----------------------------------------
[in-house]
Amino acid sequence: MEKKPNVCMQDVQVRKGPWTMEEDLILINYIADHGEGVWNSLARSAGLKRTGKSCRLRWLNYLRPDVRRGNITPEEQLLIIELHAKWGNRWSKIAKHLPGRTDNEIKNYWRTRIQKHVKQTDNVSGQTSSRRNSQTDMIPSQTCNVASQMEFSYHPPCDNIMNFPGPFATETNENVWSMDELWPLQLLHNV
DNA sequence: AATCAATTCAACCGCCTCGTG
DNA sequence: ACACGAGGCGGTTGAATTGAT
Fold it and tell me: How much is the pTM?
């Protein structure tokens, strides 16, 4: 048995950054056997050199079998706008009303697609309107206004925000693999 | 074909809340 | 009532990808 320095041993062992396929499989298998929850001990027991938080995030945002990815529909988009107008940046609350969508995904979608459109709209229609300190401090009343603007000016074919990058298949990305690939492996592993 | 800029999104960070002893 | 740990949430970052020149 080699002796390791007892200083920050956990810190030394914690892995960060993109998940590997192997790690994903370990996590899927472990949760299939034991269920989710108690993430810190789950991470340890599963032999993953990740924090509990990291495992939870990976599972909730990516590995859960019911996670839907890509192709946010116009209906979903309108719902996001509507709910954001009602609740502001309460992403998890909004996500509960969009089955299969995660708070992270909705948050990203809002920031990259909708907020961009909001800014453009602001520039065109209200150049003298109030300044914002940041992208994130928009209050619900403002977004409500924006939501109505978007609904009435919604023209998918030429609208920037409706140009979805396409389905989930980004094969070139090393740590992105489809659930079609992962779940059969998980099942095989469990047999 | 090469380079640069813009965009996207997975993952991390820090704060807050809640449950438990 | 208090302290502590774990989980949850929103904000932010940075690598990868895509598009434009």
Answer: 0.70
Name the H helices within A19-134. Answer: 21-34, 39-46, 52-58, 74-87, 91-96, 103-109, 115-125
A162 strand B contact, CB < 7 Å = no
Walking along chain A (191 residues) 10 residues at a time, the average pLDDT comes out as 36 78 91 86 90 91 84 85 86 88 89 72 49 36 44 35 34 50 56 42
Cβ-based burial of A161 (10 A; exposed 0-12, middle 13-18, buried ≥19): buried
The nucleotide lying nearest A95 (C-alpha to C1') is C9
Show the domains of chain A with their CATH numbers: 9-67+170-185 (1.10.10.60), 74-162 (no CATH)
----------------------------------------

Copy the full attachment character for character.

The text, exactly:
[in-house]
Amino acid sequence: MEKKPNVCMQDVQVRKGPWTMEEDLILINYIADHGEGVWNSLARSAGLKRTGKSCRLRWLNYLRPDVRRGNITPEEQLLIIELHAKWGNRWSKIAKHLPGRTDNEIKNYWRTRIQKHVKQTDNVSGQTSSRRNSQTDMIPSQTCNVASQMEFSYHPPCDNIMNFPGPFATETNENVWSMDELWPLQLLHNV
DNA sequence: AATCAATTCAACCGCCTCGTG
DNA sequence: ACACGAGGCGGTTGAATTGAT
Fold it and tell me: How much is the pTM?
């Protein structure tokens, strides 16, 4: 048995950054056997050199079998706008009303697609309107206004925000693999 | 074909809340 | 009532990808 320095041993062992396929499989298998929850001990027991938080995030945002990815529909988009107008940046609350969508995904979608459109709209229609300190401090009343603007000016074919990058298949990305690939492996592993 | 800029999104960070002893 | 740990949430970052020149 080699002796390791007892200083920050956990810190030394914690892995960060993109998940590997192997790690994903370990996590899927472990949760299939034991269920989710108690993430810190789950991470340890599963032999993953990740924090509990990291495992939870990976599972909730990516590995859960019911996670839907890509192709946010116009209906979903309108719902996001509507709910954001009602609740502001309460992403998890909004996500509960969009089955299969995660708070992270909705948050990203809002920031990259909708907020961009909001800014453009602001520039065109209200150049003298109030300044914002940041992208994130928009209050619900403002977004409500924006939501109505978007609904009435919604023209998918030429609208920037409706140009979805396409389905989930980004094969070139090393740590992105489809659930079609992962779940059969998980099942095989469990047999 | 090469380079640069813009965009996207997975993952991390820090704060807050809640449950438990 | 208090302290502590774990989980949850929103904000932010940075690598990868895509598009434009």
Answer: 0.70
Name the H helices within A19-134. Answer: 21-34, 39-46, 52-58, 74-87, 91-96, 103-109, 115-125
A162 strand B contact, CB < 7 Å = no
Walking along chain A (191 residues) 10 residues at a time, the average pLDDT comes out as 36 78 91 86 90 91 84 85 86 88 89 72 49 36 44 35 34 50 56 42
Cβ-based burial of A161 (10 A; exposed 0-12, middle 13-18, buried ≥19): buried
The nucleotide lying nearest A95 (C-alpha to C1') is C9
Show the domains of chain A with their CATH numbers: 9-67+170-185 (1.10.10.60), 74-162 (no CATH)